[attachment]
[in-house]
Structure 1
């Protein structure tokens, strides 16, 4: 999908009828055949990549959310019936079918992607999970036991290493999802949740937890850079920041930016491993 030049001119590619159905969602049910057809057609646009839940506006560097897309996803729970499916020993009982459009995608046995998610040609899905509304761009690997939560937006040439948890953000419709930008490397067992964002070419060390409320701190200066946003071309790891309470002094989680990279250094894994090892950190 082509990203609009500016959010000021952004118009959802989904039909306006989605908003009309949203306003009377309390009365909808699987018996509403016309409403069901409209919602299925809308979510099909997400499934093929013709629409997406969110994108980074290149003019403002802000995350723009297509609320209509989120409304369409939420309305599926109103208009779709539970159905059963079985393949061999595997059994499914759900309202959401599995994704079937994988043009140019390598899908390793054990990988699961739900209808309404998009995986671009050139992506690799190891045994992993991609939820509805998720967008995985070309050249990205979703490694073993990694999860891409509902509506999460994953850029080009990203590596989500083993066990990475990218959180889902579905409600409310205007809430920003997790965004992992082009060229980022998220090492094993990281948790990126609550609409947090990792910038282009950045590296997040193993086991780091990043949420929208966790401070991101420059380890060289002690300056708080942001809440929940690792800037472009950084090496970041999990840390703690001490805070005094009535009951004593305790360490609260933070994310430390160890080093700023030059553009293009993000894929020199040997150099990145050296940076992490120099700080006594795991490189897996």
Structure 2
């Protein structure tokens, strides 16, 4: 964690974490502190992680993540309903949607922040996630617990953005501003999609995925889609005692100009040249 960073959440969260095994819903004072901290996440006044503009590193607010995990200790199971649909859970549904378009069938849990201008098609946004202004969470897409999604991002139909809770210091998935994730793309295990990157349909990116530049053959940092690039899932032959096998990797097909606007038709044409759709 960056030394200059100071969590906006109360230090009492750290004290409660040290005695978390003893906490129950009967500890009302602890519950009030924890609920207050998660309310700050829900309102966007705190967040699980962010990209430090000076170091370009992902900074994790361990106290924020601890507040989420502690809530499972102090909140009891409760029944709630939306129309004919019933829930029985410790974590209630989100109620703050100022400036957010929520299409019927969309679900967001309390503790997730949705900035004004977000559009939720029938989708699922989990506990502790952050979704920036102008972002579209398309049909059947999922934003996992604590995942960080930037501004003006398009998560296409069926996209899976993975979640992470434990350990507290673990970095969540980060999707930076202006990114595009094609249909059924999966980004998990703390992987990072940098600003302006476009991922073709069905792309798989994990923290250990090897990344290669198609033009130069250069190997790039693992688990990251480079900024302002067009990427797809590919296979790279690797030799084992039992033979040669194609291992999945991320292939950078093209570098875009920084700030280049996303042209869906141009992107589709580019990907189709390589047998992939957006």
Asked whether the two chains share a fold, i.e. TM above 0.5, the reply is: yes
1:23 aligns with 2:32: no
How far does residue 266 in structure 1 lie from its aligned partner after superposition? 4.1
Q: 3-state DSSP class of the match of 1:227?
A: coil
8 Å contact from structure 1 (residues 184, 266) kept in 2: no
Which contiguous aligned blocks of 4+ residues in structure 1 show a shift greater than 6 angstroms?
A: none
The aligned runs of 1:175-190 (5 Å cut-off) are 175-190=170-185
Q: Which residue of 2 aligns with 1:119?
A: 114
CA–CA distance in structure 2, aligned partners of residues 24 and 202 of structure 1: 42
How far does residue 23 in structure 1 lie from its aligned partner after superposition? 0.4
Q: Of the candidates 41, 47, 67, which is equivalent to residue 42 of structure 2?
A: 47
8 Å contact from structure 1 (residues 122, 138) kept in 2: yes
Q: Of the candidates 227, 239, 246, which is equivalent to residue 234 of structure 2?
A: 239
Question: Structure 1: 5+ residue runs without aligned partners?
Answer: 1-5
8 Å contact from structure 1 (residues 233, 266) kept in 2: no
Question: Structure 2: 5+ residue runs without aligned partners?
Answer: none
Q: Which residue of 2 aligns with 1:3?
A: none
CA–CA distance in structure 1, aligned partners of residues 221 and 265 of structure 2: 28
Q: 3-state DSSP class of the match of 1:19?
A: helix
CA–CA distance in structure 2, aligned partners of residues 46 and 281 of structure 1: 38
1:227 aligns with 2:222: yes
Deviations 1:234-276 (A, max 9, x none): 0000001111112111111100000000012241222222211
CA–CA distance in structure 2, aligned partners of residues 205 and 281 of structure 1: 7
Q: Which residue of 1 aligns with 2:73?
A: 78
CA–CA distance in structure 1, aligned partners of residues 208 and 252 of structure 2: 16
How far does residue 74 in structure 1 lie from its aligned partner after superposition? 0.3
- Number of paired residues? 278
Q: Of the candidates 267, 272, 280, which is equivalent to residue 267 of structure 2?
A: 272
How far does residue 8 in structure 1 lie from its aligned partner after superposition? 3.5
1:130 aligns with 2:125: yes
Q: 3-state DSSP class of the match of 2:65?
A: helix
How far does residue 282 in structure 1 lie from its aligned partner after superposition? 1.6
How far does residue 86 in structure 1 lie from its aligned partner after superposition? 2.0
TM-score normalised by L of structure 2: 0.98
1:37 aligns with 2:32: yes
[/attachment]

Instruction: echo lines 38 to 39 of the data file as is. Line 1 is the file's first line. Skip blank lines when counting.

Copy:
Q: Which residue of 1 aligns with 2:73?
A: 78